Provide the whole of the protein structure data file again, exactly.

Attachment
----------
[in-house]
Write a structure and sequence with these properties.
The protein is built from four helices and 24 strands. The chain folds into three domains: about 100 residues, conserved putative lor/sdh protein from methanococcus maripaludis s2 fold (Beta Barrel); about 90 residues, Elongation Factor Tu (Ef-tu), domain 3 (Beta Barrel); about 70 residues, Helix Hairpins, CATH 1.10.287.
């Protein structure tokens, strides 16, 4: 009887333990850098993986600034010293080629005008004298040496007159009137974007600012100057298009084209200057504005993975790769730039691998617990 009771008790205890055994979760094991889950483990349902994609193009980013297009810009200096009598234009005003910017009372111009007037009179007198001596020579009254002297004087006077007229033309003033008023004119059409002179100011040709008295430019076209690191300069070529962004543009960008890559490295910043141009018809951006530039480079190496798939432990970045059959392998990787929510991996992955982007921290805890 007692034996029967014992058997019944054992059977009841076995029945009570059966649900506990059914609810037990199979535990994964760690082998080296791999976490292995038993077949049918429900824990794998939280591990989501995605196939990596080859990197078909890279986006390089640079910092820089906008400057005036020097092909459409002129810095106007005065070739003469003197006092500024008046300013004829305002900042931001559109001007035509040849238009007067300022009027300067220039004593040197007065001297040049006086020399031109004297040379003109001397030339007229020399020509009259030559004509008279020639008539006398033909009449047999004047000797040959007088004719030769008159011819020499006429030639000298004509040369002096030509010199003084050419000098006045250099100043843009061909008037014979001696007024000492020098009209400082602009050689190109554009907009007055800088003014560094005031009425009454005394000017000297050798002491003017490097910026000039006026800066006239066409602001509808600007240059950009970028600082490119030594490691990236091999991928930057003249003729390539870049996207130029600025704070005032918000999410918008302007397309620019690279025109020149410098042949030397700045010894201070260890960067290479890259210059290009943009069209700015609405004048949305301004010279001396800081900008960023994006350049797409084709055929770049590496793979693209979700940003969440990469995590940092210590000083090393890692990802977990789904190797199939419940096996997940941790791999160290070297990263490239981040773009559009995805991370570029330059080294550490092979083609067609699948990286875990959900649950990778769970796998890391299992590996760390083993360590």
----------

[in-house]
Write a structure and sequence with these properties.
The protein is built from four helices and 24 strands. The chain folds into three domains: about 100 residues, conserved putative lor/sdh protein from methanococcus maripaludis s2 fold (Beta Barrel); about 90 residues, Elongation Factor Tu (Ef-tu), domain 3 (Beta Barrel); about 70 residues, Helix Hairpins, CATH 1.10.287.
């Protein structure tokens, strides 16, 4: 009887333990850098993986600034010293080629005008004298040496007159009137974007600012100057298009084209200057504005993975790769730039691998617990 009771008790205890055994979760094991889950483990349902994609193009980013297009810009200096009598234009005003910017009372111009007037009179007198001596020579009254002297004087006077007229033309003033008023004119059409002179100011040709008295430019076209690191300069070529962004543009960008890559490295910043141009018809951006530039480079190496798939432990970045059959392998990787929510991996992955982007921290805890 007692034996029967014992058997019944054992059977009841076995029945009570059966649900506990059914609810037990199979535990994964760690082998080296791999976490292995038993077949049918429900824990794998939280591990989501995605196939990596080859990197078909890279986006390089640079910092820089906008400057005036020097092909459409002129810095106007005065070739003469003197006092500024008046300013004829305002900042931001559109001007035509040849238009007067300022009027300067220039004593040197007065001297040049006086020399031109004297040379003109001397030339007229020399020509009259030559004509008279020639008539006398033909009449047999004047000797040959007088004719030769008159011819020499006429030639000298004509040369002096030509010199003084050419000098006045250099100043843009061909008037014979001696007024000492020098009209400082602009050689190109554009907009007055800088003014560094005031009425009454005394000017000297050798002491003017490097910026000039006026800066006239066409602001509808600007240059950009970028600082490119030594490691990236091999991928930057003249003729390539870049996207130029600025704070005032918000999410918008302007397309620019690279025109020149410098042949030397700045010894201070260890960067290479890259210059290009943009069209700015609405004048949305301004010279001396800081900008960023994006350049797409084709055929770049590496793979693209979700940003969440990469995590940092210590000083090393890692990802977990789904190797199939419940096996997940941790791999160290070297990263490239981040773009559009995805991370570029330059080294550490092979083609067609699948990286875990959900649950990778769970796998890391299992590996760390083993360590």